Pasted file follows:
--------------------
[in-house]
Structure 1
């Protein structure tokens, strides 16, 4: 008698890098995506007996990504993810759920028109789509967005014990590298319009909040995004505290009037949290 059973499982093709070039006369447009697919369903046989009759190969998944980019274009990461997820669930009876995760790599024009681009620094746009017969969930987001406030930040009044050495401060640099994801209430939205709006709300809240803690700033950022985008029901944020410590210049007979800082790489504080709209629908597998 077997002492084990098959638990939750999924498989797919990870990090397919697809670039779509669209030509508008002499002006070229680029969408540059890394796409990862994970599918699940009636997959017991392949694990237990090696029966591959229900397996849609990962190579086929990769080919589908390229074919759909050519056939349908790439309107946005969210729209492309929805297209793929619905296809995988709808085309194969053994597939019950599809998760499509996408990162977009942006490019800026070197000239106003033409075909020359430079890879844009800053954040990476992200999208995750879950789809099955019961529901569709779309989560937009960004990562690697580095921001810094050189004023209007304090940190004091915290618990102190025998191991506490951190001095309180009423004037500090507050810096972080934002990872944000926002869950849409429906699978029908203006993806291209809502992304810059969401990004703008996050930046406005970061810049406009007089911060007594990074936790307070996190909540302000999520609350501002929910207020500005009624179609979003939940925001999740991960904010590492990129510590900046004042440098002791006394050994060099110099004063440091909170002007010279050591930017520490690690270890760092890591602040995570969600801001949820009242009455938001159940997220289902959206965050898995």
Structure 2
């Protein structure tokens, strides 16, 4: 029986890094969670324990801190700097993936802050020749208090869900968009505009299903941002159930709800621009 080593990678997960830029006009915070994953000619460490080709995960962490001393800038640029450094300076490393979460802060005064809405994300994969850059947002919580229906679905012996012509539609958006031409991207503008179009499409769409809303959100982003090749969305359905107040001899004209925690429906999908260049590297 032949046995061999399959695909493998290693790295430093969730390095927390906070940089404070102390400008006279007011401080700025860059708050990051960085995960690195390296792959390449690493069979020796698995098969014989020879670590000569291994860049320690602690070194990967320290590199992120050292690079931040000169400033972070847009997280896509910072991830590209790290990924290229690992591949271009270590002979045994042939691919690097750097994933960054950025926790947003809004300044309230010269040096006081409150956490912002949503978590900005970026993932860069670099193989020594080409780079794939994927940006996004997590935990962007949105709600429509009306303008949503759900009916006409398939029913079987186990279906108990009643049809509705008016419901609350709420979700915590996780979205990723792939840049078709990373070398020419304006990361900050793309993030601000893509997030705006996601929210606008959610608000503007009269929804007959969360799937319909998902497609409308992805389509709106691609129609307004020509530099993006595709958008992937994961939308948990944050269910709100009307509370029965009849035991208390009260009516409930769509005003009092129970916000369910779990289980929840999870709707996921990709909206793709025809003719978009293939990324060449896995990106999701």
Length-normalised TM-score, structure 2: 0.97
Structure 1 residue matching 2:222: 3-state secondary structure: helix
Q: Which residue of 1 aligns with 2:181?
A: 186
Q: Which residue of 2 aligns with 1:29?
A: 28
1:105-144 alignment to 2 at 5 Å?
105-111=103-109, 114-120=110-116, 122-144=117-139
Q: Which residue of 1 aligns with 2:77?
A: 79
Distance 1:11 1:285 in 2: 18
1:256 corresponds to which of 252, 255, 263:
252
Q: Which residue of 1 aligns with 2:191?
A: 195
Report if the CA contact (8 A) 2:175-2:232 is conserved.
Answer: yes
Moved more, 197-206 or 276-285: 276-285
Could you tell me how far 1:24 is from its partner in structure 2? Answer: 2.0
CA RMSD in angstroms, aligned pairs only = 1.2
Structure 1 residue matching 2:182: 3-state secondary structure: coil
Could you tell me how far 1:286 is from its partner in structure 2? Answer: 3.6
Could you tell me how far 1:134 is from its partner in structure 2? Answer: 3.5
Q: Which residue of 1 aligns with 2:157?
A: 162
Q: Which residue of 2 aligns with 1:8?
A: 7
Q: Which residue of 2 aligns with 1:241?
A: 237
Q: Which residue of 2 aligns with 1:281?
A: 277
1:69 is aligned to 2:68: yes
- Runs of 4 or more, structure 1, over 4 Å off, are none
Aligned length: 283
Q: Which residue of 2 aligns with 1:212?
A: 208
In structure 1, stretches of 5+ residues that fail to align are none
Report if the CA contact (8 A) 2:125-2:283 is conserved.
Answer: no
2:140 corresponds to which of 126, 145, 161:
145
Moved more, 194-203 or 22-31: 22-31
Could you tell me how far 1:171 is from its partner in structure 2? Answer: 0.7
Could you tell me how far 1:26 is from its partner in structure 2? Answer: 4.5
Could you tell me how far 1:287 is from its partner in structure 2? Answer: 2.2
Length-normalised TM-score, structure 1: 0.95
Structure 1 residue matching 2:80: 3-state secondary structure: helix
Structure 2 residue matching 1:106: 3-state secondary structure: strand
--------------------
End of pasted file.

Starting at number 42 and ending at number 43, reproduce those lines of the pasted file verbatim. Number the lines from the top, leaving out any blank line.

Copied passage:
In structure 1, stretches of 5+ residues that fail to align are none
Report if the CA contact (8 A) 2:125-2:283 is conserved.